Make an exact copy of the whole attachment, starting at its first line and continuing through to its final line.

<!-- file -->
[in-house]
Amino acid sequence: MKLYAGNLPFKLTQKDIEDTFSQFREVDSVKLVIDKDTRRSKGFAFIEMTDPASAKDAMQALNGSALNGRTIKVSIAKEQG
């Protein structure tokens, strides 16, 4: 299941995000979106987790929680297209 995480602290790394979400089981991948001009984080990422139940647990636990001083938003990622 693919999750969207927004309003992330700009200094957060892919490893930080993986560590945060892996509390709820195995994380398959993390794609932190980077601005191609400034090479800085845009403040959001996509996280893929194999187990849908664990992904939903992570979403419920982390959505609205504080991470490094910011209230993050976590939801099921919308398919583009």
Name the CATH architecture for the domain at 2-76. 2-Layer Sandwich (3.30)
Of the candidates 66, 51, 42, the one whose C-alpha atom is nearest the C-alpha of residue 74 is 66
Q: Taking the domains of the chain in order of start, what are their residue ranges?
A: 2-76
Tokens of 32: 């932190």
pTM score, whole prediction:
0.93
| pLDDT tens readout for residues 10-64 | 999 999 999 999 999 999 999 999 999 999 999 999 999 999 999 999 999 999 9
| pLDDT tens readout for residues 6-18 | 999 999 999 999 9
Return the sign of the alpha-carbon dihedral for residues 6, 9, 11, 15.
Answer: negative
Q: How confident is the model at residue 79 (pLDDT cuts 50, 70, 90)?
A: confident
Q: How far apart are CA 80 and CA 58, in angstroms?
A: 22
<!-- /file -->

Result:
[in-house]
Amino acid sequence: MKLYAGNLPFKLTQKDIEDTFSQFREVDSVKLVIDKDTRRSKGFAFIEMTDPASAKDAMQALNGSALNGRTIKVSIAKEQG
């Protein structure tokens, strides 16, 4: 299941995000979106987790929680297209 995480602290790394979400089981991948001009984080990422139940647990636990001083938003990622 693919999750969207927004309003992330700009200094957060892919490893930080993986560590945060892996509390709820195995994380398959993390794609932190980077601005191609400034090479800085845009403040959001996509996280893929194999187990849908664990992904939903992570979403419920982390959505609205504080991470490094910011209230993050976590939801099921919308398919583009």
Name the CATH architecture for the domain at 2-76. 2-Layer Sandwich (3.30)
Of the candidates 66, 51, 42, the one whose C-alpha atom is nearest the C-alpha of residue 74 is 66
Q: Taking the domains of the chain in order of start, what are their residue ranges?
A: 2-76
Tokens of 32: 């932190």
pTM score, whole prediction:
0.93
| pLDDT tens readout for residues 10-64 | 999 999 999 999 999 999 999 999 999 999 999 999 999 999 999 999 999 999 9
| pLDDT tens readout for residues 6-18 | 999 999 999 999 9
Return the sign of the alpha-carbon dihedral for residues 6, 9, 11, 15.
Answer: negative
Q: How confident is the model at residue 79 (pLDDT cuts 50, 70, 90)?
A: confident
Q: How far apart are CA 80 and CA 58, in angstroms?
A: 22